Archives
Back To Archives

Jessica Di Genova Wins Debut CCI** at Florida
Ocala, FL, USA
Photos: Anthony Trollope/RedBayStock.com

RedBayGroup.com
Jessica Di Genova and Upolu
At just 16 years old, Jessica Di Genova now has an accomplishment on her resume that most people will never achieve: She not only won a CCI**, she placed above such names as Olympians Karen O'Connor, Darren Chiacchia and Ian Roberts and other well-known eventers such as Buck Davidson, Nathalie Pollard, Kyle Carter, Colleen Loach and Karl Slezak.

And this is only her fourth year in the sport of eventing.

The event was the Florida International CCI*/CCI**, aka the Festival of the Horse, held at the Florida Horse Park in Ocala, April 20-23. The one-star and two-star were the first internationally-recognized three day events to be held at the park.

"I don't think about the fact that I am competing alongside Olympians," said Di Genova. "In eventing, it is all about the horse and rider partnership. You have to have the horse that you just click with." With Upolu, Di Genova said she knew right away that they would click. "The moment I got on her back, I knew right away I had to get her. I love her."

Di Genova and her horse Upolu, a 16-year-old Dutch warmblood/Thoroughbred mare, clicked all the way through the competition, starting with Day 1. "My dressage test was really good; the best I've ever had," said Di Genova, who was tied for third following her test. "At this event, I reflected what Darren (Chiacchia) has taught me over the past three months: Really go in there and show off! Dressage is more than just sitting there and having an obedient horse and doing movements."

The cross county went even better. "She kept the same pace throughout the course and jumped everything perfectly," said Di Genova, who was especially pleased that Upolu made the time. "At The Fork (Horse Trials in North Carolina, April 14-16), we didn't make time" and received six time faults, "so I have been spending a lot of time conditioning her." Upolu was still ready to run the next morning, too. "She was perky and spooky, just the way I like her to be," said Di Genova. "It lets me know she is OK."

Upolu proved she was OK when she put in a clear round in the stadium jumping, one of only seven clears in the class of 43. They had been tied for first with Nathalie Pollard and Icarus going into stadium jumping, but an unfortunate 12-fault round dropped Pollard to fifth.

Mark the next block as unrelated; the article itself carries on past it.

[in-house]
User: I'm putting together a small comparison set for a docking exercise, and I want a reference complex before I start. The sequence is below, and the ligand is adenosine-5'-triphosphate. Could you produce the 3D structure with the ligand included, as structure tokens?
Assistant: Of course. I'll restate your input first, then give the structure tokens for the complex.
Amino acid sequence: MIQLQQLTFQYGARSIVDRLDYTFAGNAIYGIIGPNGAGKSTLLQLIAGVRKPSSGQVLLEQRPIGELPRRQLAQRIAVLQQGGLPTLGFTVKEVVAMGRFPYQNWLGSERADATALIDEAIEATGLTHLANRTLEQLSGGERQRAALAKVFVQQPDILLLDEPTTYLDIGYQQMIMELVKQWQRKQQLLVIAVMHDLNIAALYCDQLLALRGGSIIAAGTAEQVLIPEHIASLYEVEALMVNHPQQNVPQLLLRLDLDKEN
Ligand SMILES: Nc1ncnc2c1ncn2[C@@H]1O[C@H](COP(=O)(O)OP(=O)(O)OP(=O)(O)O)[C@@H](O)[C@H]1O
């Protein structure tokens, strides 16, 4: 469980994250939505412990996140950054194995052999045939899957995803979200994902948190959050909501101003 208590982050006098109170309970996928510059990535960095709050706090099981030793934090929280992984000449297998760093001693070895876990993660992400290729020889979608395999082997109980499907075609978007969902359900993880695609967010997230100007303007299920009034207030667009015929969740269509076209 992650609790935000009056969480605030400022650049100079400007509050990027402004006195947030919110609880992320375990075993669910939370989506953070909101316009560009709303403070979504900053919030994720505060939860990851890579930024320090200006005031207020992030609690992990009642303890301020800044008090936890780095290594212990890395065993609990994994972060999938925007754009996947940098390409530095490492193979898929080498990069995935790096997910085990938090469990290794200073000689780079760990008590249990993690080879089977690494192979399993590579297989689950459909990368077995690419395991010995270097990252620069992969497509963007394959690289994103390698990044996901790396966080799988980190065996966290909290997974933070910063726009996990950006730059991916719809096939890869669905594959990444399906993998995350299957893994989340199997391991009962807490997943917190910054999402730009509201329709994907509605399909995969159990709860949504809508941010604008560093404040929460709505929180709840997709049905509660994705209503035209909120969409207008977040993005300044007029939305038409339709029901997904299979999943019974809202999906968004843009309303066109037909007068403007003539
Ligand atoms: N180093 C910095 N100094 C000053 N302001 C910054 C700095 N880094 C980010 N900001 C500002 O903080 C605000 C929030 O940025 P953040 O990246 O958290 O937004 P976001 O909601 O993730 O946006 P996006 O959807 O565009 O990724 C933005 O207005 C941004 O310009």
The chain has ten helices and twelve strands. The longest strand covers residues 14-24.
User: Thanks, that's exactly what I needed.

Di Genova's overall score or 43.5 points was 8.2 points lower than second, which was Stephanie Butts' 51.7 points, followed by Karen O'Connor's 52.

RedBayGroup.com
Karen O'Connor
Di Genova has had Upolu for three years, following an eventing hobby that got started aboard a 22-year-old Training Level horse that had been in retirement for nine years. Formerly a pleasure rider, Di Genova can't place her finger on what inspired her to switch to eventing four years ago. "I used to think it was so dangerous and I was such a chicken," she laughed. But, now her aggressive style is what is rocketing her to the top of the charts. "Upolu takes a very aggressive rider, just because she is a very careful jumper," explained Di Genova. "She is not an easy horse…If your confidence falters, her confidence goes way down, too. Or, she'll take advantage of me. That is why I always have to be on the ball with her, all the time."

Lately, Chiacchia has been helping her with that, as well. Di Genova started training with Chiacchia on Feb. 1 and will be at his farm in Ocala until May 1, when she will head back to Norval, Ontario to continue her training with Leahona Rowland.

"My parents and I heard about him and heard very good things about how he was good with young riders," said Di Genova, who has since formed her own opinion: "I really like his teaching style. He really gets to the point and doesn't let you stop until you get it right. He goes through a lot of yelling and screaming, but it gets through my head and I love it."

She said his words even resonate through her head when she is competing. "Activity, more activity, impulsion, energy, more energy," are in the back of her mind when she is riding her dressage tests. However, the most important one is "show off." He knows I have the potential to get higher marks if I show off, said Di Genova.

During cross-country and stadium, the words are more along the lines of, "Growl at her, be aggressive, do whatever you have to!" Di Genova said he also reminds her to keep her head up.

"I can't express how to thank him. He really got me to this point. He brought me so far in three months. I wouldn't have done it without him," said Di Genova in a hastily thought-up speech she was requested to give following the presentation of her ribbon, prizes and $800 check. She also thanked her parents, Mario and Katherine, for supporting her.

But, upon returning to Canada, Di Genova may be putting head down, back into her school books. A home schooled 10th-grader, Di Genova has a lot of studying still to do if she is going to pursue one of her other goals: medicine.

The next time you'll probably see the talented Jessica Di Genova competing in the States will be the North American Young Rider Championships, Aug. 1-6. "I am hoping to work my way to the Young Riders in Virginia for the two-star," she said.


Back To Archives

Copyright © 1999-2018 Red Bay Group, LLC